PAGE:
Patterson Calls Off Tax On Non-Resident Hedge-Fund Managers-- WHAT WILL JODI RELL DO NOW?

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As has been previously mentioned, Connecticut Governor Jodi Rell wants a piece of New York-based hedge fund managers who don't reside in the state. Earlier in the month she saw an opening when Albany proposed laying a $50 million tax on those managers only doing business in the state and she pounced. She started off by sending them a “simple yet heartfelt message” (which was “Connecticut welcomes you”). She then upped the ante last week by inviting them to not just a steak dinner but "an intimate dinner" (yes, intimate, now). “We have much to discuss! The meeting will be intimate, direct and private,” she said, maybe overselling. She set the date for August 2 and while it wasn't clear whether anyone had RSVP'ed, Rell could just feel it was going to be a big night. Now, because he is a jerk, David Patterson has all but ruined Rell's plans.

New York Gov. David Paterson has backpedalled on a controversial proposal for an extra tax on hedge-fund managers that do business in New York but live elsewhere, his press secretary said Friday. In an email, Morgan Hook said: "That provision was removed and will be removed again when the governor submits a proclamation for special session for Wednesday when he calls the legislature back." The proclamation aims to call for a special session of the state legislature to consider measures required to complete the state budget. The proposal to tax nonresident hedge-fund managers, which would raise an estimated $50 million a year to help bridge New York's $9.2 billion current-year deficit, has sparked concerns that managers would relocate their funds to neighboring Connecticut. Its governor, Jodi Rell, said she would welcome the funds with open arms. Tim Selby, president of the New York Hedge Fund Roundtable and an attorney at Alston + Bird LLP, said he welcomed Paterson's decision. "I am encouraged that our legislative body in New York was open-minded enough to see the likely consequences of an ill-conceived piece of legislation before it was too late," he said. "This could have been the commencement of a tipping point that would gave been disastrous for New York City."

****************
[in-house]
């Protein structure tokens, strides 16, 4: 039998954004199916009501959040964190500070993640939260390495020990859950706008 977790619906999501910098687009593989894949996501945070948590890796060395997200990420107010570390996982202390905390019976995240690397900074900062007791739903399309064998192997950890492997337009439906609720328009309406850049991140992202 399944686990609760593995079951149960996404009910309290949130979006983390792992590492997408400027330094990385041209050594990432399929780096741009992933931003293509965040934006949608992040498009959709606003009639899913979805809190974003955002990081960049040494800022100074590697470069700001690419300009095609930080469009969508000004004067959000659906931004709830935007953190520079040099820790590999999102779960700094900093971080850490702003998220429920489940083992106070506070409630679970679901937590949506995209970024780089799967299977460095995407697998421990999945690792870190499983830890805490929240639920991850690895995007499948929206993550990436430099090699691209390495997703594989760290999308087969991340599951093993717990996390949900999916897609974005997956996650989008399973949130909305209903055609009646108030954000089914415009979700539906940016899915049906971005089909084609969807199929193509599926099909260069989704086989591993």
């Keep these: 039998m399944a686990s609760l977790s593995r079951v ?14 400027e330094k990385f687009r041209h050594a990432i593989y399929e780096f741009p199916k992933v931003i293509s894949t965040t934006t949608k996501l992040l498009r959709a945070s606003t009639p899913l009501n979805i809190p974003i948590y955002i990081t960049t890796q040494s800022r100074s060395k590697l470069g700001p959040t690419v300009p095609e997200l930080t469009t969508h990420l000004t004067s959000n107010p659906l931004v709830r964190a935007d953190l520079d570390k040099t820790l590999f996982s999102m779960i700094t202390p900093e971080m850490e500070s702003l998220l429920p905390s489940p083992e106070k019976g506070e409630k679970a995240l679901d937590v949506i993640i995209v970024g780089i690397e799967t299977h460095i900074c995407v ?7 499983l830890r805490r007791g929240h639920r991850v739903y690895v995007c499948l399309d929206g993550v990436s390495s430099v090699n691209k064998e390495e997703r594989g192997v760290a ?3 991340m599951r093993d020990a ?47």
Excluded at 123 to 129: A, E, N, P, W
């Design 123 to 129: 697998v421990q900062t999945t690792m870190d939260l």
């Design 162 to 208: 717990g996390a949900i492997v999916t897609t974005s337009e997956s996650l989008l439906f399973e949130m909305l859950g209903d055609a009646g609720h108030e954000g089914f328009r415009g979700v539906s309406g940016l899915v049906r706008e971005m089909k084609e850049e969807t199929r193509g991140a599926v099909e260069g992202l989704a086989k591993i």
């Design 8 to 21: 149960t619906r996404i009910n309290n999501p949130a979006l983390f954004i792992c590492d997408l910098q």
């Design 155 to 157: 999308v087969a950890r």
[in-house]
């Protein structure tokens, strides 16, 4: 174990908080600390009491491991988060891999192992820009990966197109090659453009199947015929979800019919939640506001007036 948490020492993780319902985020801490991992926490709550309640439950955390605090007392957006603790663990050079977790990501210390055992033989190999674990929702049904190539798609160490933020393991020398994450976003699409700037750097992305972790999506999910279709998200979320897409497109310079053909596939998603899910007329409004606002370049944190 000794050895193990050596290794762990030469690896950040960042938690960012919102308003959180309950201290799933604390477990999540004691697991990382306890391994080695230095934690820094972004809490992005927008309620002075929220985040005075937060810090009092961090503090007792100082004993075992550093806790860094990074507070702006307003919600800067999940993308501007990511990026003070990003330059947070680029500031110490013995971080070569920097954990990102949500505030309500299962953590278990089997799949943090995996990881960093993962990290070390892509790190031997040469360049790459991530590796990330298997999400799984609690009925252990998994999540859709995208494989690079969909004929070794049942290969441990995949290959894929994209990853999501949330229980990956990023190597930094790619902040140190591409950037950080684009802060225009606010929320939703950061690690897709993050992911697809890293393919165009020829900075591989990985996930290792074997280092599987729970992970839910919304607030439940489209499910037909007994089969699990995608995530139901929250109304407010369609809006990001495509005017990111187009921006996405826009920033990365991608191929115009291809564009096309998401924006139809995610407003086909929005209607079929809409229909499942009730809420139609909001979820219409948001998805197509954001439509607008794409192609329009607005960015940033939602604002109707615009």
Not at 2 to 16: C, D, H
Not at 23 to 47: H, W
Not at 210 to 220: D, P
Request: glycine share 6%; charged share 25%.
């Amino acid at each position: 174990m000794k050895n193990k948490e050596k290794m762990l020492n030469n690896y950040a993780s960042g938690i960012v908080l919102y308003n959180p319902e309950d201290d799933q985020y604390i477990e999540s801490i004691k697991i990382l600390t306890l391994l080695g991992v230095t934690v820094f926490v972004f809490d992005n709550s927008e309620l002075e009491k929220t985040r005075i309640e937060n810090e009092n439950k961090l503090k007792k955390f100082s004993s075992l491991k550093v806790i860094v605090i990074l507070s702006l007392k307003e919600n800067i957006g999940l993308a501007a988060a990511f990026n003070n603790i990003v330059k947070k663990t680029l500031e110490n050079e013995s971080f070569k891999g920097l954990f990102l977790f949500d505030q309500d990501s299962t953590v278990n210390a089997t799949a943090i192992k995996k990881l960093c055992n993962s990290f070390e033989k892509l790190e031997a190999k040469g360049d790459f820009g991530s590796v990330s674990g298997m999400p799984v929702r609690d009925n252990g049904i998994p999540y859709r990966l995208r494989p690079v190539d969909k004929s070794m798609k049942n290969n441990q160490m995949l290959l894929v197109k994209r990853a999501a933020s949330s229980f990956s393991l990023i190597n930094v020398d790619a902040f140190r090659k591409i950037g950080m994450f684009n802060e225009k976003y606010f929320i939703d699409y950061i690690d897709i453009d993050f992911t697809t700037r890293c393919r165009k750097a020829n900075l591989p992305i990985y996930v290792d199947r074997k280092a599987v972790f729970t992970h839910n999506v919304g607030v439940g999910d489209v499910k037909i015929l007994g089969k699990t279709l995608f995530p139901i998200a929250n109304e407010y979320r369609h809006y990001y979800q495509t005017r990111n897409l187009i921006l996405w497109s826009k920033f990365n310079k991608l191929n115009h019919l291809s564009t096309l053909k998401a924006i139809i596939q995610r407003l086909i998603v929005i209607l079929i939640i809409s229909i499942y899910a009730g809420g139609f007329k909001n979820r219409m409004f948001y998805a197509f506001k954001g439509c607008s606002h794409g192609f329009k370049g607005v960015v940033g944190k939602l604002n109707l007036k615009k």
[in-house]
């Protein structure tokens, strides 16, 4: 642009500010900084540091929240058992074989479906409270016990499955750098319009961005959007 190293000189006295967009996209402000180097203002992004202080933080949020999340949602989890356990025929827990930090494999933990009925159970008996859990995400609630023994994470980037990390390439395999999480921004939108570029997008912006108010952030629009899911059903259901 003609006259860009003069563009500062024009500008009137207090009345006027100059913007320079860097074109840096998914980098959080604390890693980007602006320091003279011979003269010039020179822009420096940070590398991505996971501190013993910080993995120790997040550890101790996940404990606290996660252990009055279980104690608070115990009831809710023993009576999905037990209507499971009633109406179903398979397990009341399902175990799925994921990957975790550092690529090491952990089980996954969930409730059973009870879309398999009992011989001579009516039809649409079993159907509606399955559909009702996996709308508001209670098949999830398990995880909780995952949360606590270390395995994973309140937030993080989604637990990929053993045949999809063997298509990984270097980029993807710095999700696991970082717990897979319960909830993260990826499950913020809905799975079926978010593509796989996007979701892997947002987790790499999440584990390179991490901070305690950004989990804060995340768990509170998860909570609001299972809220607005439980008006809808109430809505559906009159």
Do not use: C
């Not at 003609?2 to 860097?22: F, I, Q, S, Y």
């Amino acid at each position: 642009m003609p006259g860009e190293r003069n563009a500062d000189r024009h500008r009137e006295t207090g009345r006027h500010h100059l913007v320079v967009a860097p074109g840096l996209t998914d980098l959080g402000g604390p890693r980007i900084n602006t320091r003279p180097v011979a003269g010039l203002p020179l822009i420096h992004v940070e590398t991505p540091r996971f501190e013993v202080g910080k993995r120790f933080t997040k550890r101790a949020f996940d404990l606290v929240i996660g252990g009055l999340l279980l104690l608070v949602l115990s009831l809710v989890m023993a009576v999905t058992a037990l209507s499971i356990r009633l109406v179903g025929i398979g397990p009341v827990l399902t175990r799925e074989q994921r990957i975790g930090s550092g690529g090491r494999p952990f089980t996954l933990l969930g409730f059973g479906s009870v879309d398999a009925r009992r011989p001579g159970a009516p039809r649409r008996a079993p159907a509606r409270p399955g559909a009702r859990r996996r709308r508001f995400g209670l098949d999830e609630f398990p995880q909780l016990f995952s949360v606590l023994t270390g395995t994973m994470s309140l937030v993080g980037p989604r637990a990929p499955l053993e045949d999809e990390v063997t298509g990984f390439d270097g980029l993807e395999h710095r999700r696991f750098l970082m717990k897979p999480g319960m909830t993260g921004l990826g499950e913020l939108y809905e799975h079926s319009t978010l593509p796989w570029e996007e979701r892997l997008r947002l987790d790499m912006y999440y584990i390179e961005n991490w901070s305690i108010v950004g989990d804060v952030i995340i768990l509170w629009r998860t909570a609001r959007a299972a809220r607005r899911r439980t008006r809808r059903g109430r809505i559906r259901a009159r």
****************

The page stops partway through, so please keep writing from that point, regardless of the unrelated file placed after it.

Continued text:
NOOOOOOO! Do you hear that? That's the sound of a woman freaking the fuck out in Southern Connecticut. Sure, nothing was set in stone but she's already made the seating arrangements-- Patterson can't do this! Alright, don't freak out. Just everybody calm down, this can be salvaged, so long as everybody thinks. Think god damn, it, think. How can Rell make this dinner work in her favor, now that she and her guests actually don't have anything to talk about at all? We suggested last week that CT's most infamous hedge fund managers make an appearance on the wait staff and while passing out various courses, help the governor make her case. Now more than ever, that seems like the right idea, as does tricks with Maraschino cherries and some well-time thigh rubbing under the table.

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